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So you’re thinking of buying your first adventure motorcycle? Adventure bikes are an excellent choice for those looking to get into off-road riding without giving up long distances on asphalt. But with so many options available, it can be tough to know where to start. In this article, we’ll answer some of the most frequently asked questions about buying your first ADV motorcycle. We’ll help you figure out which bike is right for you, and give you some tips on preparing for your first adventure ride!
Purchasing your first ADV off-road bike is an exciting time and one filled with questions regarding whether to purchase new or used, what size engine is best, and how much this is all ultimately going to cost. The answers to these questions are personal, but we can help guide you to find the best ADV bike for YOU.
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My motorcycle journey first began on a Harley Davidson Streetglide before deciding to trade in for an off-road adventure motorcycle. I knew an adventure bike was the right choice for me because I wanted a street-legal option that could handle off-road terrain and had enough power to double as a touring bike for when my wife would join me as a passenger. But which make and model would be the right one? Let’s talk about it here.
(Spoiler alert – that’s my BMW in the picture above)
Should I buy a new or used ADV motorcycle?
Personally, I have never purchased a motorcycle brand new off the showroom floor. Purchasing second-hand has served me well for both on-road and off-road bikes. That said, let’s look at the benefits of both options to help determine which is best for you:
Used Bike Advantages
- Save money on initial purchase
- Used bikes often come with aftermarket kit
- No break-in period needed
- Easy to try before you buy
- Freedom to use any mechanic or DIY
- No depreciation after purchase
New Bike Advantages
- State of the art options
- Latest safety features are stock
- Under warranty
- Able to the add aftermarket parts you prefer
- Ability to build a relationship with the brand
- Financing available
Buying, riding, and then selling used motorcycles has been something I have enjoyed for years. Used bikes have allowed me to own and experience different engine sizes, brands, and features without the big upfront cost.
Here is my checklist of must-ask questions when inspecting a used bike:
- Did the current owner purchase the bike new or used?
- What is the mileage and what type of riding terrain has the bike experienced?
- Does the current owner have it serviced regularly and are there receipts to prove it?
- Why is the owner selling this particular bike?
- Is there any major service that is needed that they are avoiding paying for?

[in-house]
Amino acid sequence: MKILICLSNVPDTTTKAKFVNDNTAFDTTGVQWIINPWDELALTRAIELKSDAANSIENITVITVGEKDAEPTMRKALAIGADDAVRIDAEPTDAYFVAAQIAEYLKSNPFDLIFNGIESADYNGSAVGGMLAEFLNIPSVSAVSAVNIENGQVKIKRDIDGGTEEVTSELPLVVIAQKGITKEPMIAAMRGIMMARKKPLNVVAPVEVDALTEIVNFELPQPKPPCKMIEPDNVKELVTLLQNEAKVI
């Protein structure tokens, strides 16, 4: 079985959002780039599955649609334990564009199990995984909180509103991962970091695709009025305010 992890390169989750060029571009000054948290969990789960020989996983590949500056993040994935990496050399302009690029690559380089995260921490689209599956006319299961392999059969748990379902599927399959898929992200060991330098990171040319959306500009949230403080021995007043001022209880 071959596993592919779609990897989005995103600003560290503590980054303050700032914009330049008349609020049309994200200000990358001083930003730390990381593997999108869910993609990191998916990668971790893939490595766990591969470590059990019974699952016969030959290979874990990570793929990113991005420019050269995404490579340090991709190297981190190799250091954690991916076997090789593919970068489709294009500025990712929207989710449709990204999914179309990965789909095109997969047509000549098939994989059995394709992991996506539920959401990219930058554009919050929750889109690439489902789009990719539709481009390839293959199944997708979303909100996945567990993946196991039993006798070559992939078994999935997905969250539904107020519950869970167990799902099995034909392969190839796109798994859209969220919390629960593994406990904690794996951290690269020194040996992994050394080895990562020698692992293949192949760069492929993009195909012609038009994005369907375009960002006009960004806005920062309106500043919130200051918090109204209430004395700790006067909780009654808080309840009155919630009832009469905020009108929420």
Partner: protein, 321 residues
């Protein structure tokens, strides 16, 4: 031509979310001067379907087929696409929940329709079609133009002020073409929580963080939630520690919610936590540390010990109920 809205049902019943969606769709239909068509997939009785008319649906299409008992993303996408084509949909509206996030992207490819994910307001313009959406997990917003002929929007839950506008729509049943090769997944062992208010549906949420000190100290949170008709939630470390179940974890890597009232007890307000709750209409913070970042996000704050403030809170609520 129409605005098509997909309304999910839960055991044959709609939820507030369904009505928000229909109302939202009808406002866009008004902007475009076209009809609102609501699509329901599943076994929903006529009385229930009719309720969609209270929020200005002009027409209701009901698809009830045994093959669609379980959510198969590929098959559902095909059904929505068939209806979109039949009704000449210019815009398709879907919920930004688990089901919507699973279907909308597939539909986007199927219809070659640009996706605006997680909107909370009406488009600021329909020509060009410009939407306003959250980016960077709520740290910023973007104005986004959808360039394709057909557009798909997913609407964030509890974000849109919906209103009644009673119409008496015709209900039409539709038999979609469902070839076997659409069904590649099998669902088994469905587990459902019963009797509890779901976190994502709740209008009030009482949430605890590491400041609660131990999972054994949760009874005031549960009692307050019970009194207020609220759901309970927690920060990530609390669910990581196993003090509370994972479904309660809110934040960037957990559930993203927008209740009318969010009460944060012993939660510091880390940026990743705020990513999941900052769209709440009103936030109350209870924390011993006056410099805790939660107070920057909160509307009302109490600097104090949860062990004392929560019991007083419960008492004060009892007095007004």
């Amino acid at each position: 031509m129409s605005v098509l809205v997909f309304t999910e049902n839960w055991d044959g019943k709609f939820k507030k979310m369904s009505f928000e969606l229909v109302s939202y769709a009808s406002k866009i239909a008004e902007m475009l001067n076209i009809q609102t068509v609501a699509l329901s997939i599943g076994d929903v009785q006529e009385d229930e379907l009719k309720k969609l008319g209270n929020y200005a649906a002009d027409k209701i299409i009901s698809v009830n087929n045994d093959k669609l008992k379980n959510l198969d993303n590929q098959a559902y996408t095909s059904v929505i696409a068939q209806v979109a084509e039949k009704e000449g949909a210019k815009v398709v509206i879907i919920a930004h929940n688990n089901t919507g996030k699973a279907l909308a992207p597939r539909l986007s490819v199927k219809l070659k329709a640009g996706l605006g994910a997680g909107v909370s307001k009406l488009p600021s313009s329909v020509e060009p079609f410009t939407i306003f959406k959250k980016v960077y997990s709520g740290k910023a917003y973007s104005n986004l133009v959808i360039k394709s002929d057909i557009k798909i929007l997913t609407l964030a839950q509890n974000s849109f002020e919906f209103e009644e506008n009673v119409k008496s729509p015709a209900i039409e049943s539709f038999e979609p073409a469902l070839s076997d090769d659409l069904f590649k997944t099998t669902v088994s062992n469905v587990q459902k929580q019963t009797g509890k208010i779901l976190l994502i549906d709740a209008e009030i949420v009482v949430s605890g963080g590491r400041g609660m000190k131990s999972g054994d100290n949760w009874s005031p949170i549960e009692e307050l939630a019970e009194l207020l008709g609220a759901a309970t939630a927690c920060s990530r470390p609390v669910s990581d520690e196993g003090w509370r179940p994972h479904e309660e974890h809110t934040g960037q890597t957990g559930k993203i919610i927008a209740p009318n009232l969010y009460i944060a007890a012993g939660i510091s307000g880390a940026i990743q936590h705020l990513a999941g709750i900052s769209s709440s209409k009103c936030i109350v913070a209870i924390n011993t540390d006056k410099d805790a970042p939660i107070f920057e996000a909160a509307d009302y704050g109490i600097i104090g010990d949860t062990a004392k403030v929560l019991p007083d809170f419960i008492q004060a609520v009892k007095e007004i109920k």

The answers to these questions may provide reasons for you to negotiate a lower selling price, walk away from a bad deal or hopefully, find the perfect bike at the best price.
However, if the process is not for you or having the latest features and a full warranty package is something that holds greater value, then buying new is likely the way to go. Despite the added cost of a new bike, dealerships are typically keen to finance your purchase, if needed, to spread the cost out over time.
I want to go off-road, but also enjoy road riding … Can an ADV bike do that?
Yes, yes, and yes again! Adventure motorcycles are great for off-road fun, touring, and daily commuting. The larger engine size of an adventure bike makes it smooth on the roads for both rider and pillion. The benefits of a large gas tank and comfort features like a big windscreen and well-padded seats each cast additional votes for the ADV bike’s on-road worthiness.
When investing in an adventure motorcycle, you get a capable multi-purpose machine that will be there for you for off-road camping adventures, single-track fun, or urban riding with ease. Two-up riding is comfortable for both rider and passenger with the ADV bike’s ample suspension, ability to carry luggage, and powerful engine to carry it all with ease.
How many cc’s is best for my first ADV bike?
Adventure motorcycles begin at 650cc and get bigger up to 1300cc, while bikes smaller than 650cc will be classified as either dual-sport or enduro. There is a misconception that first-time off-road adventure riders should always go for smaller 650 or 800cc bikes versus 1190 or 1250cc. Engine size alone should not be a determining factor, simply a consideration.
My first adventure bike was a second-hand BMW G650 Sertao because I thought the smaller engine would offer a better initial learning experience for off-road. In reality, the seat height was taller than the larger engine BMW 1200GS bikes on the market at that time and the overall weight of the bike was not all that much less. At 5’10” (178cm), my frame fit much better on the 1200GS than the G650 I was learning on. I held onto that Sertao for only one season and opted for a bike that fit me better and saw my skills and confidence quickly improve.
Sit on and test drive as many different makes and models as you can and do not allow your purchase decision to be based on engine size alone.